Federal judge dismisses case regarding power plant, coal mine

Noel Lyn Smith
Farmington Daily Times
The Four Corners Power Plant is pictured, Tuesday, Sept. 12, 2017 in Waterflow.

FARMINGTON — A federal judge has dismissed a lawsuit brought by environmental groups against federal agencies for the extension of operations for the Four Corners Power Plant and Navajo Mine.

Attorneys for the Western Environmental Law Center and the Center for Biological Diversity filed the lawsuit in April 2016 and on behalf of plaintiffs Diné Citizens Against Ruining Our Environment, San Juan Citizens Alliance, Center for Biological Diversity, Amigos Bravos and the Sierra Club.

The lawsuit named the Bureau of Indian Affairs, the U.S. Department of the Interior, the Office of Surface Mining, Reclamation and Enforcement, the U.S. Bureau of Land Management, the U.S. Fish and Wildlife Service and then Interior Secretary Sally Jewell as defendants.

The five environmental groups claimed federal agencies violated the Endangered Species Act, the National Environmental Policy Act and the Administrative Procedure Act for approving the 25-year extension of operations for the power plant and the expansion of strip mining at the mine.

The Four Corners Power Plant is pictured, Tuesday, Sept. 12, 2017 in Waterflow.

U.S. District Court Judge Steven P. Logan ordered the case dismissed without prejudice, meaning it cannot be refiled based on the same grounds, on Sept. 11.

Logan also granted a motion by the Navajo Transitional Energy Company, which owns the mine, to dismiss the case based on its interest in the litigation but it cannot be a party due to sovereign immunity.

Although NTEC was not named in the complaint, the court granted a limited motion to intervene in October 2016.

NTEC subsequently filed a motion to dismiss the lawsuit in November 2016, citing it is a required party to the case due to its financial interest in the power plant.

Navajo Mine is the sole supplier of coal to the power plant and both are sources of royalties, taxes and jobs for the Navajo Nation.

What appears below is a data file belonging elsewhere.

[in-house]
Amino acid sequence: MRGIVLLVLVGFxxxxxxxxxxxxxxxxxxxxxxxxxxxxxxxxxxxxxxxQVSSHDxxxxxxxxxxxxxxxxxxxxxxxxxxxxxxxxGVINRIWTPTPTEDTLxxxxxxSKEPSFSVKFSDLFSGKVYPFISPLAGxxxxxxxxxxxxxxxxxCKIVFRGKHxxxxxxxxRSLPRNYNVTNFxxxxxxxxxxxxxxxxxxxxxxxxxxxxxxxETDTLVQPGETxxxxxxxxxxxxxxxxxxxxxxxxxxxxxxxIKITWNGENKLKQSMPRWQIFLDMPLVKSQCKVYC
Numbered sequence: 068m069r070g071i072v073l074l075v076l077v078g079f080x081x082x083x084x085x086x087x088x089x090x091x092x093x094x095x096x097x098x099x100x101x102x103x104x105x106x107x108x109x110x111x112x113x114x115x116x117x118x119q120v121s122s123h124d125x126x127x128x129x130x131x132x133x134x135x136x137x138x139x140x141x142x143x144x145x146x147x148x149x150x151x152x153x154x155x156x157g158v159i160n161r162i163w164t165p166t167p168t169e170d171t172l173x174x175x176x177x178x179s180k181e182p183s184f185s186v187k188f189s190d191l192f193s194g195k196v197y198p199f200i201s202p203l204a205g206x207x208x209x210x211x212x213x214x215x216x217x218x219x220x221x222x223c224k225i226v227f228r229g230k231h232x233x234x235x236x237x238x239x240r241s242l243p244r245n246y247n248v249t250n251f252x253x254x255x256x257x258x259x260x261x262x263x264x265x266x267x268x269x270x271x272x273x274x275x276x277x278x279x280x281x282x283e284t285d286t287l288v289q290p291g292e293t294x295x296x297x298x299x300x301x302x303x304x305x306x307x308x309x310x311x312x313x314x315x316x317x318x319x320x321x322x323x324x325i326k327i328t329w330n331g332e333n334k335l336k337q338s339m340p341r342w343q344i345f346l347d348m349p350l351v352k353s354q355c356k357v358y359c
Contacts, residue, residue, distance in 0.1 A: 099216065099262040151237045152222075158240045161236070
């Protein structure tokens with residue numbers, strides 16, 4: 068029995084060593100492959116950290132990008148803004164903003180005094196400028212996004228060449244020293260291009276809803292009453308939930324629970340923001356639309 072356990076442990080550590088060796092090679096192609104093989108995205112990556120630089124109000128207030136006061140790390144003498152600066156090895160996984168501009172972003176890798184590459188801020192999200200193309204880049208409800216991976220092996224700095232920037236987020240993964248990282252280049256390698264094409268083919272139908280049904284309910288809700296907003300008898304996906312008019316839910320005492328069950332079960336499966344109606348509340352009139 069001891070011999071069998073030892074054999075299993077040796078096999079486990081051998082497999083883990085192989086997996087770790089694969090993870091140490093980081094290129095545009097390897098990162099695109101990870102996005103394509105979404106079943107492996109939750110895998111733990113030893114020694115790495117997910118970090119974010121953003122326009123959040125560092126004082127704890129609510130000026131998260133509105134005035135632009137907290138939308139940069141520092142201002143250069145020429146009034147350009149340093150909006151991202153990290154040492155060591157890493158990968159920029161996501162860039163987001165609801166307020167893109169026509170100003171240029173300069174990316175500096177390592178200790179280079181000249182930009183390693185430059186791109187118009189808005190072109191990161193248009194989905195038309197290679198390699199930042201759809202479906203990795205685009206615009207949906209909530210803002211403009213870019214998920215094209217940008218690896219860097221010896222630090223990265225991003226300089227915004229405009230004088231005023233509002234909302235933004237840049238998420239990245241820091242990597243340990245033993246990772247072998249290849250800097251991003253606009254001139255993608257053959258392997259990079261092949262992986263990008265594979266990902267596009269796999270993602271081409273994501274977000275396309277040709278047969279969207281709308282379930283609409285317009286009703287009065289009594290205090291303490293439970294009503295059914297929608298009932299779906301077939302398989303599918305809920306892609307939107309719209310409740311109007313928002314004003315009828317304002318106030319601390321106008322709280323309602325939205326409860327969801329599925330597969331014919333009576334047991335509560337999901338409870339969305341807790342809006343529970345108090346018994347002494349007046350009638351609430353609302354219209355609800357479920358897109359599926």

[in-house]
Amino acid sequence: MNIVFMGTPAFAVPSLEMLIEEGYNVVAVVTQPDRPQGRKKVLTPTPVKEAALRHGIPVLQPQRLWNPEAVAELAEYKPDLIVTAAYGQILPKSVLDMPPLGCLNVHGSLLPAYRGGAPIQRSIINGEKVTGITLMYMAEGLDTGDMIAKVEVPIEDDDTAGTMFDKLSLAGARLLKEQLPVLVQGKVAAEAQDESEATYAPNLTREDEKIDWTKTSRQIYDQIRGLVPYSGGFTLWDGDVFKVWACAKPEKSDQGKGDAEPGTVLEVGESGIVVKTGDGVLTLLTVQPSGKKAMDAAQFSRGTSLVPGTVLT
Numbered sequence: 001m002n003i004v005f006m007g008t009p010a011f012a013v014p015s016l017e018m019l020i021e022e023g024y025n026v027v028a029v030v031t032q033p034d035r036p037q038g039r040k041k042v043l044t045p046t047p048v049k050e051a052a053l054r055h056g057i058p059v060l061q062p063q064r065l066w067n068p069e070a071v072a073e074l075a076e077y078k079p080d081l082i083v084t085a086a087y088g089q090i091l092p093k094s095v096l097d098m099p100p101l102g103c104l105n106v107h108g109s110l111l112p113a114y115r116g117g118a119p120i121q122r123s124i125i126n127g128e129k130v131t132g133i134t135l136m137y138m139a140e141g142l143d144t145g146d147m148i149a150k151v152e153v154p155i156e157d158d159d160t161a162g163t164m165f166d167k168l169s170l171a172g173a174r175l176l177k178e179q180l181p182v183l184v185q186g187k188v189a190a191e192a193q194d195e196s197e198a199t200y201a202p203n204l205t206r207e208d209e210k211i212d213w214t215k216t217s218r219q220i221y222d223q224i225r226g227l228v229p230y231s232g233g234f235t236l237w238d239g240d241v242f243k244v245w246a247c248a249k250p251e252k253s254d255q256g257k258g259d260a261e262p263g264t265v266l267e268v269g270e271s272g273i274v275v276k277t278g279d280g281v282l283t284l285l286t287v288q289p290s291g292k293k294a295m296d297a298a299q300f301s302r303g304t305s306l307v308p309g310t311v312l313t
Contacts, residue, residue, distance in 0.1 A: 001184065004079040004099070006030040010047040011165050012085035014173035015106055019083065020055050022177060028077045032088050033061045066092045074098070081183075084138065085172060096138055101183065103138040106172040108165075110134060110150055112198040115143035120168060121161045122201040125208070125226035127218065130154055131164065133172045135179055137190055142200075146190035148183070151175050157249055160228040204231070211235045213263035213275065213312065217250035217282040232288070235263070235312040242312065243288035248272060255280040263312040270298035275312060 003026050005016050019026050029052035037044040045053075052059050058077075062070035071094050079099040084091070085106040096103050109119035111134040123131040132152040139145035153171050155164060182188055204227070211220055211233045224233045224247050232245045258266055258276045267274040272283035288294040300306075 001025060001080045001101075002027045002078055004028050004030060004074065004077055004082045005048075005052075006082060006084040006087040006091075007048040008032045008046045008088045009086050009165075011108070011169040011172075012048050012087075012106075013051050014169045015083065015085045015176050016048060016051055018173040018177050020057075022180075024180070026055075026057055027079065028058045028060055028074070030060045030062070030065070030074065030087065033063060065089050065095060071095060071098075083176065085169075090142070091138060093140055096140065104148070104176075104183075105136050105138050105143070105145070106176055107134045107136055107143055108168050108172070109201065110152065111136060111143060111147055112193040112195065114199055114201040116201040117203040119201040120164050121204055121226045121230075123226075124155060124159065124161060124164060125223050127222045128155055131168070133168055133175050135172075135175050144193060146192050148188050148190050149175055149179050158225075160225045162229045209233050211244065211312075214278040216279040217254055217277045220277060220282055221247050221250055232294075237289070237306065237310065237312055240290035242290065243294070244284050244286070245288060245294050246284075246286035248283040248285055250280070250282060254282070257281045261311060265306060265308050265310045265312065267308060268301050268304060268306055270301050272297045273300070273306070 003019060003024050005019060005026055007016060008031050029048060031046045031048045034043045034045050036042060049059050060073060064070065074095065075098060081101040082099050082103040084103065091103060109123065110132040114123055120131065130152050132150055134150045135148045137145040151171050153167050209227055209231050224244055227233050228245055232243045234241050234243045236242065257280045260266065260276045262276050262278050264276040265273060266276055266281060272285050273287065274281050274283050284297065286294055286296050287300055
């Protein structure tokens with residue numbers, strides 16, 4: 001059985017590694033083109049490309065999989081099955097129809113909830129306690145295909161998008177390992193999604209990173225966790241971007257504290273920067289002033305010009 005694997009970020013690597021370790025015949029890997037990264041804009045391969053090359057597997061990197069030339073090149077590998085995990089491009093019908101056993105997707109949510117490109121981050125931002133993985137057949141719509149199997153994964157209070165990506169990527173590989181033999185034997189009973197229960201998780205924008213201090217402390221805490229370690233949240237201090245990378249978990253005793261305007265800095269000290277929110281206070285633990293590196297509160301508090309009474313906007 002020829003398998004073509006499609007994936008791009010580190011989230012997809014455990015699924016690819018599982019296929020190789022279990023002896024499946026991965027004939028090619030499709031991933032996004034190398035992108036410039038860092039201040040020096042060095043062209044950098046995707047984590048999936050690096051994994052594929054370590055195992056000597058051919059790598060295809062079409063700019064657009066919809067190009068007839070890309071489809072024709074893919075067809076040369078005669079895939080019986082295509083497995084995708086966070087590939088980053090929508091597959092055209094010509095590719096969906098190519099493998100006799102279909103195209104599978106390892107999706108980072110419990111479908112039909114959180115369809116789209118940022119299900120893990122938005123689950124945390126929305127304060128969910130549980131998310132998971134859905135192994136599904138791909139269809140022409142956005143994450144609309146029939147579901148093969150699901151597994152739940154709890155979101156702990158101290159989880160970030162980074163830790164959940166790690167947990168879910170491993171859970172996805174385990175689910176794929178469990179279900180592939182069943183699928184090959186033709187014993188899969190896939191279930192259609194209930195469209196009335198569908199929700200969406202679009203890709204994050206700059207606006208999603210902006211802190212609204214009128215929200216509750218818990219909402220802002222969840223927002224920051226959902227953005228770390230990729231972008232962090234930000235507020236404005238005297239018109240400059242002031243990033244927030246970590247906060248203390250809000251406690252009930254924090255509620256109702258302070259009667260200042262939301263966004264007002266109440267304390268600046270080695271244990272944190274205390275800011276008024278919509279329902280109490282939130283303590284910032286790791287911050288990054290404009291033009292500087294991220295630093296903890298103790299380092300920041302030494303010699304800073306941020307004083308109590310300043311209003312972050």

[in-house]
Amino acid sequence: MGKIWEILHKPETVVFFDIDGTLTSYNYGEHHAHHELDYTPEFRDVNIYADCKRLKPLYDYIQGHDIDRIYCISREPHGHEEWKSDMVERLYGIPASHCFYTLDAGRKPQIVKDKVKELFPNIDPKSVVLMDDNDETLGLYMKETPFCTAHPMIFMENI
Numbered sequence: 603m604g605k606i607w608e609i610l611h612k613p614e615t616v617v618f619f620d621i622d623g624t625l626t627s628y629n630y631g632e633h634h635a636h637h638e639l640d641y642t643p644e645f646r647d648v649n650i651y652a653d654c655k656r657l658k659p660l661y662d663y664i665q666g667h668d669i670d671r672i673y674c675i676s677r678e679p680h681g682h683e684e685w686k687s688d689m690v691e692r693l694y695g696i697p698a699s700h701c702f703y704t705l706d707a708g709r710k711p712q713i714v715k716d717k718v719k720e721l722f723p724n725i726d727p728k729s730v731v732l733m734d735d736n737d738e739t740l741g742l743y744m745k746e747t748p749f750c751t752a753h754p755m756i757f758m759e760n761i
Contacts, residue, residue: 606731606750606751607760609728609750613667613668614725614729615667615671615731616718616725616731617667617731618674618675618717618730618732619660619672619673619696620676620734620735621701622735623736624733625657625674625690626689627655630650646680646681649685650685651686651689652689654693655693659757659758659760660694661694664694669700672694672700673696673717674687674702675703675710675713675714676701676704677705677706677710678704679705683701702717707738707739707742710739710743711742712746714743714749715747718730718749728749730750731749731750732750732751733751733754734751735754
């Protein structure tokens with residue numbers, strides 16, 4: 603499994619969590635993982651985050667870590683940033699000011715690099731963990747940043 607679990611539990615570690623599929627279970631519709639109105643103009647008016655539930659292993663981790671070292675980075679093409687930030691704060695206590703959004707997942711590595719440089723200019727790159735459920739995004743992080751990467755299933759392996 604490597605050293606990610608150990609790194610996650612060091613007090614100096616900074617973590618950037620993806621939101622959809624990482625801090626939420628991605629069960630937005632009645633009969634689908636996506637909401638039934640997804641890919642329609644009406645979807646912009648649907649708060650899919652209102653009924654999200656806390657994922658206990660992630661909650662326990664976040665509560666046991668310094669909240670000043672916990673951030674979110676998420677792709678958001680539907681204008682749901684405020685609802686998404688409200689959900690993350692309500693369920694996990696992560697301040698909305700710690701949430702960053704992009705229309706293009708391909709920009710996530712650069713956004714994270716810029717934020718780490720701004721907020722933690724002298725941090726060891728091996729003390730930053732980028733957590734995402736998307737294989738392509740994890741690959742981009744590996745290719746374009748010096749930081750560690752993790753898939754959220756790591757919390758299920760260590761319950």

While NTEC has an interest in the lawsuit, it cannot be a party to the litigation because it possesses sovereign immunity as an extension of the Navajo Nation, the court ruled.

A sign points in the direction for the Four Corners Power Plant on Tuesday, Sept. 12, 2017 near Fruitland.

In the 8-page ruling, NTEC is described as an "arm" of the Navajo Nation due to its creation by the tribe, its organization under tribal law and its profits benefit the tribe.

"With regard to shared sovereign immunity, the Navajo Nation explicitly vested NTEC with sovereign immunity," the court order states.

In a statement the company said, "The court's ruling makes clear that NTEC's sovereign immunity trumps plaintiff's attempts to circumvent governmental decisions made by the Navajo Nation."

The company added it can continue its business of providing the tribe with economic benefits and develop alternative energy sources for the future.

The Interior Department did not return a request for comment on Sept. 12.

Michael Saul, an attorney with the Center for Biological Diversity, said on Sept. 12 the organization received the judge's decision and is reviewing it with the groups for possible options.

Saul said he had no further comment about the ruling.

Brian Sweeney, communications director for the Western Environmental Law Center, said in an email Sept. 12 the center still needs to discuss the decision with their clients and it was unknown at that time if they will appeal.

Noel Lyn Smith covers the Navajo Nation for The Daily Times. She can be reached at 505-564-4636.


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